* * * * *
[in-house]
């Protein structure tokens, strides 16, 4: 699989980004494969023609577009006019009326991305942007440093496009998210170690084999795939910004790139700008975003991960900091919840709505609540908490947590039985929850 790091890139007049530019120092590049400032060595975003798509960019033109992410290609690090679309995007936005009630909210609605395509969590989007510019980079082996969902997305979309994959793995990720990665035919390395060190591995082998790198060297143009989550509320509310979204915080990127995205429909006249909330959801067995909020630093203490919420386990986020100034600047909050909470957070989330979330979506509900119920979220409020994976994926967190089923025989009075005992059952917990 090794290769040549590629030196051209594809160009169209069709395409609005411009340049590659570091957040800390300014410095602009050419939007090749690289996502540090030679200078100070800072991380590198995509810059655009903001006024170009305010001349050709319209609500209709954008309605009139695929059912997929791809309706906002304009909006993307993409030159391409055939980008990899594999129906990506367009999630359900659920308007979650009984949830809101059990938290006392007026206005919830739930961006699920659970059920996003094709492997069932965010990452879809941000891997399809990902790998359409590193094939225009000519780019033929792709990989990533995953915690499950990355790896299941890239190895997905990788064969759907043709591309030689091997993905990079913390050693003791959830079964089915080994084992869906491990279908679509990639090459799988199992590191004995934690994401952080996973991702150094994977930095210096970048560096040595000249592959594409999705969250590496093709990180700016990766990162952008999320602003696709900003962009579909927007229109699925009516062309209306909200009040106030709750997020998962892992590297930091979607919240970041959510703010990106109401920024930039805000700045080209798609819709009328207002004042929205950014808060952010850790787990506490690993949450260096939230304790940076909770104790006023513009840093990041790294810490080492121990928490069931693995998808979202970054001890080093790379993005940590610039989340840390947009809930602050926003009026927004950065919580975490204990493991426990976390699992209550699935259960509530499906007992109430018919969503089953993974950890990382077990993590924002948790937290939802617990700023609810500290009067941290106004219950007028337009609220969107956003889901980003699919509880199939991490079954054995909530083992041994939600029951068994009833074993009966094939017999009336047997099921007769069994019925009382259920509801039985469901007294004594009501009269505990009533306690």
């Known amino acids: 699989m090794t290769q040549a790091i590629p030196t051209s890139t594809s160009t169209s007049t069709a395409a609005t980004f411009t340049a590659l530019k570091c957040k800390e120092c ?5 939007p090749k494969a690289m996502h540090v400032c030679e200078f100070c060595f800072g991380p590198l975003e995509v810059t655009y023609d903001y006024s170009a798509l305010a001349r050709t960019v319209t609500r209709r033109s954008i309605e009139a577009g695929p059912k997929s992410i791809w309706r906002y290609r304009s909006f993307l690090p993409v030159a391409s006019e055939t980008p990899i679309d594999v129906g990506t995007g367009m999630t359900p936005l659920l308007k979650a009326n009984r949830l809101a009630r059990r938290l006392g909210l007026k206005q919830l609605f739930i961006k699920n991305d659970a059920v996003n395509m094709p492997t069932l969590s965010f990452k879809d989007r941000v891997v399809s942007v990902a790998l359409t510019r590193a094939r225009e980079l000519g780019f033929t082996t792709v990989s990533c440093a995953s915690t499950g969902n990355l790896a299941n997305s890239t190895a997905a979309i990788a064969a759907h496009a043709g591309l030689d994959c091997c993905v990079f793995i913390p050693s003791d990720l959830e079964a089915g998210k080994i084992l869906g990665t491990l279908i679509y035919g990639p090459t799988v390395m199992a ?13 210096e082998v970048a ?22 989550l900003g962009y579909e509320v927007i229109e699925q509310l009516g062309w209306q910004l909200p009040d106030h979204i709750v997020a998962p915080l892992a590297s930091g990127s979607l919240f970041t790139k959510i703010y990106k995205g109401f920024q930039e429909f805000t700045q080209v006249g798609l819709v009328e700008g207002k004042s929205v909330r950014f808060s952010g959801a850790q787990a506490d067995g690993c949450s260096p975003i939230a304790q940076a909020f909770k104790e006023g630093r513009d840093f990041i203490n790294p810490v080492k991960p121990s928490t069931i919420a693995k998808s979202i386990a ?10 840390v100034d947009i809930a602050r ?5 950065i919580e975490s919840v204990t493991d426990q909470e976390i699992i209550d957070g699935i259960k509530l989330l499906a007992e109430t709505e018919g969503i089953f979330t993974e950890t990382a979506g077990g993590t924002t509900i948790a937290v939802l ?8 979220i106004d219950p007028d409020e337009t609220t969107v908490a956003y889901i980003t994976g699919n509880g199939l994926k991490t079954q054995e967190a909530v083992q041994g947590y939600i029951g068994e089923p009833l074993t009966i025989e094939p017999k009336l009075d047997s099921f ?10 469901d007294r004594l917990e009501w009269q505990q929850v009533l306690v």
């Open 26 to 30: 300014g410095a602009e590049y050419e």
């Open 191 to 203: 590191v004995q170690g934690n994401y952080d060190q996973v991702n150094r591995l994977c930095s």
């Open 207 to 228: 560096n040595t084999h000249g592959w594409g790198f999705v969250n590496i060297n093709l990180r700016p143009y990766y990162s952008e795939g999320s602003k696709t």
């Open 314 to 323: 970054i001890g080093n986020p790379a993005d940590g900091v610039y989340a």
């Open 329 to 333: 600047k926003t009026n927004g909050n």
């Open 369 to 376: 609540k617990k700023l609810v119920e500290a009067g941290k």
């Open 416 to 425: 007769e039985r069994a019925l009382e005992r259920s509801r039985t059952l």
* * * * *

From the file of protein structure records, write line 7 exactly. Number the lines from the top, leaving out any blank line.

């Open 314 to 323: 970054i001890g080093n986020p790379a993005d940590g900091v610039y989340a």